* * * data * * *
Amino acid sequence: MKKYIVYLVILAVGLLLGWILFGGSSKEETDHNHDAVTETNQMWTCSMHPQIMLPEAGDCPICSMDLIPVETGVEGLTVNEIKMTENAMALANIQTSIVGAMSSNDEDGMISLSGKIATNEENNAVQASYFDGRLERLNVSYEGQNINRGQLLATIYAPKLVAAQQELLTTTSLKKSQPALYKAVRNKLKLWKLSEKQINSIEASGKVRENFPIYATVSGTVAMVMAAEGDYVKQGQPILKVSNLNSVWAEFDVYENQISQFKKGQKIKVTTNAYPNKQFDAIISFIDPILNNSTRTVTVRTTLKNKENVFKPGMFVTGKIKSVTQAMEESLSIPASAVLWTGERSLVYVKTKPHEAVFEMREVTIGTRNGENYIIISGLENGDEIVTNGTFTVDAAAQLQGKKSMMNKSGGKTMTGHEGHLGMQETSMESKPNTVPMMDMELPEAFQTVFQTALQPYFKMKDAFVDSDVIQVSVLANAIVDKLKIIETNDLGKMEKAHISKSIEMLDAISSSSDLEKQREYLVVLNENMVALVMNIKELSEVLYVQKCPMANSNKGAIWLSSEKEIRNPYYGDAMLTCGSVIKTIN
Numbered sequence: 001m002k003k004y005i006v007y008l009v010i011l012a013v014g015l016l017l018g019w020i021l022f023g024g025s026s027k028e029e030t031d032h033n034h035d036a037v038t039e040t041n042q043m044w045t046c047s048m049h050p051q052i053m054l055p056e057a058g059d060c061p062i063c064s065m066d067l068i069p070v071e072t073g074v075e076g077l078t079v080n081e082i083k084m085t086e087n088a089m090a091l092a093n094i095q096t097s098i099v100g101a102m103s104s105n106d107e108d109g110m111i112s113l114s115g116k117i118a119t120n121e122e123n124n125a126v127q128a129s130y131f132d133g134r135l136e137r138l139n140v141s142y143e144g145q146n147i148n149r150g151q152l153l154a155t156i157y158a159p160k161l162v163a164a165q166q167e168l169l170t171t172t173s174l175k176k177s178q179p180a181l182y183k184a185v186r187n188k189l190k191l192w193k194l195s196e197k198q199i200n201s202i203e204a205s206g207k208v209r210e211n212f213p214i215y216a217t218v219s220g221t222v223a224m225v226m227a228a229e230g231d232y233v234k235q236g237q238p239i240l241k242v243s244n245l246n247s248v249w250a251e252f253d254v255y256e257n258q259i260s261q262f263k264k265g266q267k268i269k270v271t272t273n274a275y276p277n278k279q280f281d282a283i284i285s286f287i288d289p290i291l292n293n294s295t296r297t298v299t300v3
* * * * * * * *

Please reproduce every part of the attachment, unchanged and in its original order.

Amino acid sequence: MKKYIVYLVILAVGLLLGWILFGGSSKEETDHNHDAVTETNQMWTCSMHPQIMLPEAGDCPICSMDLIPVETGVEGLTVNEIKMTENAMALANIQTSIVGAMSSNDEDGMISLSGKIATNEENNAVQASYFDGRLERLNVSYEGQNINRGQLLATIYAPKLVAAQQELLTTTSLKKSQPALYKAVRNKLKLWKLSEKQINSIEASGKVRENFPIYATVSGTVAMVMAAEGDYVKQGQPILKVSNLNSVWAEFDVYENQISQFKKGQKIKVTTNAYPNKQFDAIISFIDPILNNSTRTVTVRTTLKNKENVFKPGMFVTGKIKSVTQAMEESLSIPASAVLWTGERSLVYVKTKPHEAVFEMREVTIGTRNGENYIIISGLENGDEIVTNGTFTVDAAAQLQGKKSMMNKSGGKTMTGHEGHLGMQETSMESKPNTVPMMDMELPEAFQTVFQTALQPYFKMKDAFVDSDVIQVSVLANAIVDKLKIIETNDLGKMEKAHISKSIEMLDAISSSSDLEKQREYLVVLNENMVALVMNIKELSEVLYVQKCPMANSNKGAIWLSSEKEIRNPYYGDAMLTCGSVIKTIN
Numbered sequence: 001m002k003k004y005i006v007y008l009v010i011l012a013v014g015l016l017l018g019w020i021l022f023g024g025s026s027k028e029e030t031d032h033n034h035d036a037v038t039e040t041n042q043m044w045t046c047s048m049h050p051q052i053m054l055p056e057a058g059d060c061p062i063c064s065m066d067l068i069p070v071e072t073g074v075e076g077l078t079v080n081e082i083k084m085t086e087n088a089m090a091l092a093n094i095q096t097s098i099v100g101a102m103s104s105n106d107e108d109g110m111i112s113l114s115g116k117i118a119t120n121e122e123n124n125a126v127q128a129s130y131f132d133g134r135l136e137r138l139n140v141s142y143e144g145q146n147i148n149r150g151q152l153l154a155t156i157y158a159p160k161l162v163a164a165q166q167e168l169l170t171t172t173s174l175k176k177s178q179p180a181l182y183k184a185v186r187n188k189l190k191l192w193k194l195s196e197k198q199i200n201s202i203e204a205s206g207k208v209r210e211n212f213p214i215y216a217t218v219s220g221t222v223a224m225v226m227a228a229e230g231d232y233v234k235q236g237q238p239i240l241k242v243s244n245l246n247s248v249w250a251e252f253d254v255y256e257n258q259i260s261q262f263k264k265g266q267k268i269k270v271t272t273n274a275y276p277n278k279q280f281d282a283i284i285s286f287i288d289p290i291l292n293n294s295t296r297t298v299t300v3